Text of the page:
Climate and Energy News Roundup 3/1/2019

Politics and Policy

Washington state Governor Jay Inslee announced his candidacy for U.S. President, with climate change as his first priority.  Switzerland wants the world to talk about if and how to use geoengineering to slow climate change – and will ask the UN’s environment arm to take the lead.  Costa Rica’s president has launched an economy-wide plan to decarbonize the country by 2050, saying he wants to show other nations what is possible to address climate change.  Writing about putting a price on carbon emissions, Frank Ackerman said: “…under either a carbon tax or a cap-and-trade system, the price level matters more than the mechanism used to reach that price. …[U]nder either approach, a reasonably high price is necessary but not sufficient for climate policy; other measures are needed to complement price incentives.”  In an opinion piece to accompany “Concrete Week” at The Guardian, John Vidal lays out the case for imposing a carbon tax on cement.

In her New Yorker essay about climate-related business failures, Sheelah Kolhatkar wrote “If the coming climate-related business crises will have one positive side effect, it’s that acute financial losses are likely to force policy changes in a way that environmental damage on its own has not.”  A report by the UK-based Institute for Energy Economics and Financial Analysis found that 100 global financial institutions have introduced policies restricting coal funding.  The German think tank Adelphi analyzed the manifestos, public statements, and voting behavior of 21 right-wing populist parties represented in the European Parliament, and found that only three of them accept the scientific consensus that humans are creating significant climate change.

House Minority Leader Kevin McCarthy (R-CA) submitted the names of Republican members of the Select Committee on the Climate Crisis to Rep. Kathy Castor (D-FL), who is the chair of the panel.  The Senate on Thursday approved former coal lobbyist Andrew Wheeler to head the EPA by a vote of 52 to 47.  One Republican, Sen. Susan Collins of Maine, voted against Wheeler’s confirmation.  Tim Gallaudet, the acting administrator of NOAA, was suddenly replaced on Monday by the No. 3 official at the agency, former weather industry scientist Neil A. Jacobs.  Pennsylvania state legislators are debating whether to subsidize existing nuclear power plants to keep them operating.

The editorial board of The Washington Post proposed their alternative to the Green New Deal (GND).  Responding to Senate Majority Leader Mitch McConnell’s “cynical Green New Deal vote,” Democrats are looking “to get Republicans on record on climate change,” by introducing their own climate resolution.  More than 100 youth climate protesters, part of The Sunrise Movement, entered McConnell’s office Monday to advocate for the GND.  Ultimately, 42 people, all over 18, were arrested.  Senator Dianne Feinstein (D-CA) also had an encounter with young people, which was kind of tense.  This caused Bill McKibben to write “… youth carry the moral authority here, and, at the very least, should be treated with the solicitousness due a generation that older ones have managed to screw over.”  Caitlin Flanagan at The Atlantic had a different take on it.  Perhaps the GND critics should consider why David Roberts at Vox thinks so many of them “…have missed the mark.”  Last week I included an article about a plan to reassess whether climate change poses a national security threat.  Well, the plan has morphed into an ad-hoc group that will conduct an adversarial review of climate science out of the public eye.  These new efforts to question or undermine the established science of climate change have created a widening rift between the White House and some leading figures in the president’s own party.  As Amy Harder at Axios said, “some congressional Republicans are beginning to publicly acknowledge it, and a few are even considering policies addressing it.”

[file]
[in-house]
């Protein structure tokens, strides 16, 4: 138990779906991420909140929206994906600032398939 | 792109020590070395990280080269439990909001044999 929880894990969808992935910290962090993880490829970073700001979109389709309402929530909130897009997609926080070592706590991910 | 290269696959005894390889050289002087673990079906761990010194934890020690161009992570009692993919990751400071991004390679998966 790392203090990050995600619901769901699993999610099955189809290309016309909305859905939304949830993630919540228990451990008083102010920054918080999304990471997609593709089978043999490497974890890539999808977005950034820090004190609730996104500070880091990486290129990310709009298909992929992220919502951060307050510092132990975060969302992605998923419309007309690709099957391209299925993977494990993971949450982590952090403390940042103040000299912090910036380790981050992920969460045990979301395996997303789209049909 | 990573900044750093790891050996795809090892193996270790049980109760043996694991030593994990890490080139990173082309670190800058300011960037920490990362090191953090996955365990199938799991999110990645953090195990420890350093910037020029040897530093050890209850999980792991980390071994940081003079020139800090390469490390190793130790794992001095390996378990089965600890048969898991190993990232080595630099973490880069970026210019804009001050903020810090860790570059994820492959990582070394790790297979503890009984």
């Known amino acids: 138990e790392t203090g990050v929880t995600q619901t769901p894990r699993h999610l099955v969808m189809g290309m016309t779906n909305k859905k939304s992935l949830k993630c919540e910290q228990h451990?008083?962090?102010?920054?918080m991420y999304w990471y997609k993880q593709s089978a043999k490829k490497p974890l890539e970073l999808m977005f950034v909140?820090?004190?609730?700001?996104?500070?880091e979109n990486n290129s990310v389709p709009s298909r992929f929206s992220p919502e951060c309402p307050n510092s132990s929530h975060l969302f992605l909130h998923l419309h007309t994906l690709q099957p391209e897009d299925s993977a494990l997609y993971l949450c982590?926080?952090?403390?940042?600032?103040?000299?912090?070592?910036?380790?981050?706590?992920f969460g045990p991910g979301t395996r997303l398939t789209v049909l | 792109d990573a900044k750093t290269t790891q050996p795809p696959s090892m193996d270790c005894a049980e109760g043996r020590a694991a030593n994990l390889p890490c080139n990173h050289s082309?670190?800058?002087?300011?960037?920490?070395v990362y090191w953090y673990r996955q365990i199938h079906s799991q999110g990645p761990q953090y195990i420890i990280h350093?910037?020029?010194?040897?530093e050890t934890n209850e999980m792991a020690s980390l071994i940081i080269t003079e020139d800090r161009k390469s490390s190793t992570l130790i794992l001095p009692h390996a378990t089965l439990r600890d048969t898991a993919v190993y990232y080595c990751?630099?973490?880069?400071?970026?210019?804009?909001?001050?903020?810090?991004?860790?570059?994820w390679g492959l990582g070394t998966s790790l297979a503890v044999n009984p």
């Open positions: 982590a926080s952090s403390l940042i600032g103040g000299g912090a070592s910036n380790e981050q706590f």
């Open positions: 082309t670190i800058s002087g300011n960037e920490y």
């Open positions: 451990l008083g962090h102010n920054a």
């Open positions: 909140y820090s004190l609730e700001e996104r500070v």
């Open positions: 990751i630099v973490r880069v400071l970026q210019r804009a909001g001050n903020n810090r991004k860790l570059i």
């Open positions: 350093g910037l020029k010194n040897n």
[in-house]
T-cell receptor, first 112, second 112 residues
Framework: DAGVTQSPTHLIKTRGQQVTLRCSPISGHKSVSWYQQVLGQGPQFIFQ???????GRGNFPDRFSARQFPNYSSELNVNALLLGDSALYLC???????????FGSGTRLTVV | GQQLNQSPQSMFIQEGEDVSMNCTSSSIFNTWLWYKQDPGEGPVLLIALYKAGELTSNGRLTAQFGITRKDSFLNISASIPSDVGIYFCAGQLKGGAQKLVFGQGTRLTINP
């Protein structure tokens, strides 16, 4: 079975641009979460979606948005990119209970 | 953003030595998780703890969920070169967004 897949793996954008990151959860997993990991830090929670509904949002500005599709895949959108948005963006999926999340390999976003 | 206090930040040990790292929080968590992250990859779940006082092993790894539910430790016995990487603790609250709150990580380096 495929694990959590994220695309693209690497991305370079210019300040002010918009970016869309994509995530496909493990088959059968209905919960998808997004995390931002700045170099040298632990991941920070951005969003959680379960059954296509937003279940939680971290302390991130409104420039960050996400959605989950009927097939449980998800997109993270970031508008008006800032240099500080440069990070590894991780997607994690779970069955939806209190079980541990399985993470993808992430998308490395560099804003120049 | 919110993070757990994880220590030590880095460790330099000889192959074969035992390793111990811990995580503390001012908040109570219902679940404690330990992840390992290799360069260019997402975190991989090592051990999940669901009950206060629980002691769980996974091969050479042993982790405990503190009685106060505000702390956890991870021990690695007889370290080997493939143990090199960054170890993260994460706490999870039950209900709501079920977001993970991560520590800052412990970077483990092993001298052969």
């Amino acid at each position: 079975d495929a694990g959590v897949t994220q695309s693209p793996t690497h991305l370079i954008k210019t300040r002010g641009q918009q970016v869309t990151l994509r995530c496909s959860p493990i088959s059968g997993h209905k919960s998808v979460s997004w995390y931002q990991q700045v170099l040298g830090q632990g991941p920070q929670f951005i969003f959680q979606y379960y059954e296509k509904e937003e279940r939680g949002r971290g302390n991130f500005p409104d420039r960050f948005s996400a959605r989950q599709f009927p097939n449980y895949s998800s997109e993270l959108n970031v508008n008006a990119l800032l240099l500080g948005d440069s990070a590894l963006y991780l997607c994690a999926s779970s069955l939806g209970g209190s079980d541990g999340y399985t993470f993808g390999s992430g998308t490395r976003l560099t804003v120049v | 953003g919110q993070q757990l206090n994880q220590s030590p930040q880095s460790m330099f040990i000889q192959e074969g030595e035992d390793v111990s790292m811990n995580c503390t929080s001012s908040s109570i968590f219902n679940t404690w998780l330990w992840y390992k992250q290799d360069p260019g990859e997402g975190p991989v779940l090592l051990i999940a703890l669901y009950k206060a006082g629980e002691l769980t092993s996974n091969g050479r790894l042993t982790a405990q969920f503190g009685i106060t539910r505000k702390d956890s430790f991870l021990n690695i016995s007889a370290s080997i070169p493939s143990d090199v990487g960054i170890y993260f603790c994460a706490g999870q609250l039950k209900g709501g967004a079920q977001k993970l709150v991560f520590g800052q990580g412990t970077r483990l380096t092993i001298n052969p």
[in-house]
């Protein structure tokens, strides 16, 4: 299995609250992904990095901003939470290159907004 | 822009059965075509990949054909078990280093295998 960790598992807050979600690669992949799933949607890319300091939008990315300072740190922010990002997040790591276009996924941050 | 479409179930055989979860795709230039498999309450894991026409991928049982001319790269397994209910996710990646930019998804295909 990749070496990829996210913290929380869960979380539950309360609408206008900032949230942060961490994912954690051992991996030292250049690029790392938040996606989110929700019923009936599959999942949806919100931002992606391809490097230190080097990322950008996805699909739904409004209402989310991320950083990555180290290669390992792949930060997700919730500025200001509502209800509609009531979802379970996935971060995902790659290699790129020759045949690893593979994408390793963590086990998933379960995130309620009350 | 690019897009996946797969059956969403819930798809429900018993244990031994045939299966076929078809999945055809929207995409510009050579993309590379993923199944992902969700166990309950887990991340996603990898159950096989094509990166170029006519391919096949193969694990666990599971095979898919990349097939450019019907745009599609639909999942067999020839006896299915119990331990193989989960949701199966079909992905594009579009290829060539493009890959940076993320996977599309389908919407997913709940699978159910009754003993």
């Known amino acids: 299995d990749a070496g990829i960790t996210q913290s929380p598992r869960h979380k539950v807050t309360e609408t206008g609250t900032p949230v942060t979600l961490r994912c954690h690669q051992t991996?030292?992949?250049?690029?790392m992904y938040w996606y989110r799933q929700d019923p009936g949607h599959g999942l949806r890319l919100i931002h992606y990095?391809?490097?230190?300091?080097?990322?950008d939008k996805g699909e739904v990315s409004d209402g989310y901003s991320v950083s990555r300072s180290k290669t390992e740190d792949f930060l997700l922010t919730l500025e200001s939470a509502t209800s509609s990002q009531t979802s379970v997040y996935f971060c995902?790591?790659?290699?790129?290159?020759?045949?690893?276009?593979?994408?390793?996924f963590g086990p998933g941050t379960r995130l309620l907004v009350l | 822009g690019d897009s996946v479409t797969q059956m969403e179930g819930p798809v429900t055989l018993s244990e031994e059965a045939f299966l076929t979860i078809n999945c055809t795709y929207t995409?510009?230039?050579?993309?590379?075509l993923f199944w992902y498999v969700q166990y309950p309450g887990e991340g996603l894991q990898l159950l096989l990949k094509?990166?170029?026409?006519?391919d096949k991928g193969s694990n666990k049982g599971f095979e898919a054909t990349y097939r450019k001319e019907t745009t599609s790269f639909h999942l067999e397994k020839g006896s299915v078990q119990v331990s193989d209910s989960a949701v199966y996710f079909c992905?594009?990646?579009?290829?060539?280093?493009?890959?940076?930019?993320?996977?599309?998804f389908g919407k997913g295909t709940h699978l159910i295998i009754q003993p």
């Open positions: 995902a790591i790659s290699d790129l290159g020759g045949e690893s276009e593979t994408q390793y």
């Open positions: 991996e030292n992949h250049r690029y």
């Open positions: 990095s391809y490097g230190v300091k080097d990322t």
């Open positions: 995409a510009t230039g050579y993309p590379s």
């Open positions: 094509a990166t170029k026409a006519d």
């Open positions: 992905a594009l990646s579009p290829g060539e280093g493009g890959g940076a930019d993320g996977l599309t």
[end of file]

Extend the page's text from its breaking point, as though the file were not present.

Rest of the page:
The New York Times has an informative article entitled “Teach About Climate Change with These 24 New York Times Graphs.”  Be sure to pass it on to anyone you know who is a teacher.  There are two new books out about the nuclear disaster at Chernobyl and its aftermath.  Sonja Schmid reviewed them for Nature.  Michael Svoboda compiled a list of books dealing with environmental justice for Yale Climate Connections.  Amy Brady interviewed photographer Virginia Hanusik about her project “A Receding Coast.”  In another dispatch from Antarctica, Jeff Goodell talked with expedition chief scientist Rob Larter about Thwaites Glacier.


A paper published Monday in the journal Nature Climate Change celebrated the 40th anniversary of three key events in climate change science.  One finding of the paper was that climate scientists are now 99.9999% certain that current climate change is being caused by human emissions of CO2.  (That is the level of certainty associated with the “five-sigma” threshold mentioned in the article.)  Something much less certain about CO2 buildup in the atmosphere is what it will do to clouds.  A new paper in the journal Nature Geoscience used simulation to examine the impacts of very high CO2 concentrations on the formation and stability of stratocumulus clouds, the kind that hover low in the sky and create vast decks of cloud cover, cooling Earth.  The authors found that when the CO2 level reached 1300 ppm, those clouds disappear, causing temperatures to increase rapidly.